Most of the migrant domestic workers inhabiting congested settlements in the millennium city of Gurugram belong to Bihar, Uttar Pradesh and Bengal. Underlying the plight of these domestic workers lays the fragmented citizenship of urban settlements like Gurugram where class divide has exacerbated the woes of the marginalised section. In a 2012 research paper published in the Economic & Political Weekly, Thomas Cowan had explained this divide in the context of Chakarpur village of Gurugram where sudden development widened the gap between the local land owners and migrants who later came in search of better opportunities. Typical rural set-up of Chakarpur began to change in the 1990s with real estate player DLF beginning to buy properties from local landowners belonging to dominant caste. Not all landowners benefited from the land deals as some of them were left out in the buying spree thus, kickstarting a cycle of exclusion or ‘urban insurgency’ (term used by Cowan in his research paper) even as neoliberal agents pushed the city towards becoming a global hub of IT companies and start-ups. As per the Census 2011, Haryana is among five states along with Maharashtra, Gujarat, Delhi and Uttar Pradesh that houses 50% of India’s total inter-state migrants.
Also watch: COVID-19 Lockdown: For India's Migrant Workers, Precarious Becomes More Precarious
That sense of exclusion continues to pervade as is evident in the attitude of residents of gated communities who have chosen to ignore the pleas of these women entrusted with cleaning their homes and cooking meals for entire family. Most of the domestic workers received wages only upto February which was the period when there was still no restriction on movement. For someone like Sulekha who belongs to Katihar district in Bihar and had migrated to Gurugram six months ago, current crisis is a double whammy as she has neither savings left nor can she go back till lockdown is lifted. Similar fate has befallen Saira Bibi from Murshidabad district in Bengal who had come to the millennium city four months ago and currently ‘has nothing to eat’ post lockdown.
An NGO, International Commission for Jurists (ICJ), in its recent briefing paper released on April 27, has pointed fingers at the Indian government “for falling short of its obligations to guarantee right to food during the COVID-19 pandemic”.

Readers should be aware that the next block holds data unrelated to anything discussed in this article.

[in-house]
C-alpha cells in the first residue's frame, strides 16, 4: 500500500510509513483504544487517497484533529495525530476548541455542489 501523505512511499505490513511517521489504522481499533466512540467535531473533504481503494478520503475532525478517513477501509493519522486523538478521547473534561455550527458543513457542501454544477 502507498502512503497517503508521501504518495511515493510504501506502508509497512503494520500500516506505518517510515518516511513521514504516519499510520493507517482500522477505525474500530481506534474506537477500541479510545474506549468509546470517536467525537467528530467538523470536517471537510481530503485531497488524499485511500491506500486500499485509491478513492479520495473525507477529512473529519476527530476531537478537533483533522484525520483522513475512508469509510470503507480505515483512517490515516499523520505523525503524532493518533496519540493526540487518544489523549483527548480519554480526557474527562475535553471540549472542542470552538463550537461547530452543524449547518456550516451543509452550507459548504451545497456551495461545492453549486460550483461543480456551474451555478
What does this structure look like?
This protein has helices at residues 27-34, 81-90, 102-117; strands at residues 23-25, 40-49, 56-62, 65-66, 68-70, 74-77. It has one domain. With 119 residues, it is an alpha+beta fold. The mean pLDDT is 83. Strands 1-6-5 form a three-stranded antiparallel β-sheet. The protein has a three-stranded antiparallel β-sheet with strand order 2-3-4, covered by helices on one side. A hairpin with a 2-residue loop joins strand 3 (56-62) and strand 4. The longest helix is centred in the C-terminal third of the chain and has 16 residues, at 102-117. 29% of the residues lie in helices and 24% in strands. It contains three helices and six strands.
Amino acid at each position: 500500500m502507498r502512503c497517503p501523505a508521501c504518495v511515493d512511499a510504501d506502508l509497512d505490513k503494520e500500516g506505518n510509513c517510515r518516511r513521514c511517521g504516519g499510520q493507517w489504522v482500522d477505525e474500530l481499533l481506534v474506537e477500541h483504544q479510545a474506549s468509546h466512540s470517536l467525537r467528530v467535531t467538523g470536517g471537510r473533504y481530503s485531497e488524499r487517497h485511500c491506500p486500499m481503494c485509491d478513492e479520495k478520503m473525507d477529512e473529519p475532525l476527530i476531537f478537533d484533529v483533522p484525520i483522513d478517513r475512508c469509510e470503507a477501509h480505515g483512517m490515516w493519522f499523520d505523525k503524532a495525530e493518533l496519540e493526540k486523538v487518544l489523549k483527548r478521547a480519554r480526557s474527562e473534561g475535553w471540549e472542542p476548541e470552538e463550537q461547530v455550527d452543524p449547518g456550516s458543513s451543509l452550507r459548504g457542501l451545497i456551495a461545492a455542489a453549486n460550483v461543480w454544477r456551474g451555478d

According to Maitreyi Gupta, ICJ India Legal Adviser, “The government has a duty to ensure to domestic workers nutritional minimum essential food that is physically and economically accessible. In the absence of this, domestic workers have a right to access justice systems such as courts, including through a PIL process, and the police as well as their local municipal bodies to remedy this failure.’
The question is whether the state government or the Centre should offer relief wages to domestic workers in order to help them cope during the current situation. In another report, titled, ‘21 Days and Counting’ released by SWAN (Stranded Workers Action Network), a collective of civil society groups, it was revealed that around 89% of migrant labourers didn’t receive wages despite the March 29 circular by the Ministry of Home Affairs stating that ‘employers should pay the workers full wages’. Speaking to NewsClick, Prof Rajendran Narayanan, faculty at Bengaluru’s Azim Premji University and one of the co-authors of the SWAN report said, ‘It’s the responsibility of the employers to ensure full payment of wages since it’s a legal mandate under the Minimum Wages Act. So now it’s the responsibility of the State, either it forces the employers to pay it or makes an alternate arrangement from its own corpus of funds.’
Narayanan emphasises on the fact that with “78.8 million tonnes of food grains available currently with the Food Corporation of India, we have three times more than the buffer stock. Why just rely on ration shops, in cities like Delhi and Gurugram, in every ward, multiple spaces on government land such as malls, schools and colleges should be opened up for stocking and distribution of rations.”
Meanwhile, Kajal Mahato has only one appeal from the concerned authorities, ‘Hum bheekh nahi maang rhe (we are not begging for alms). Since our work has been stopped by the government, they need to ensure supply of rations.’
The author is a Delhi-based journalist.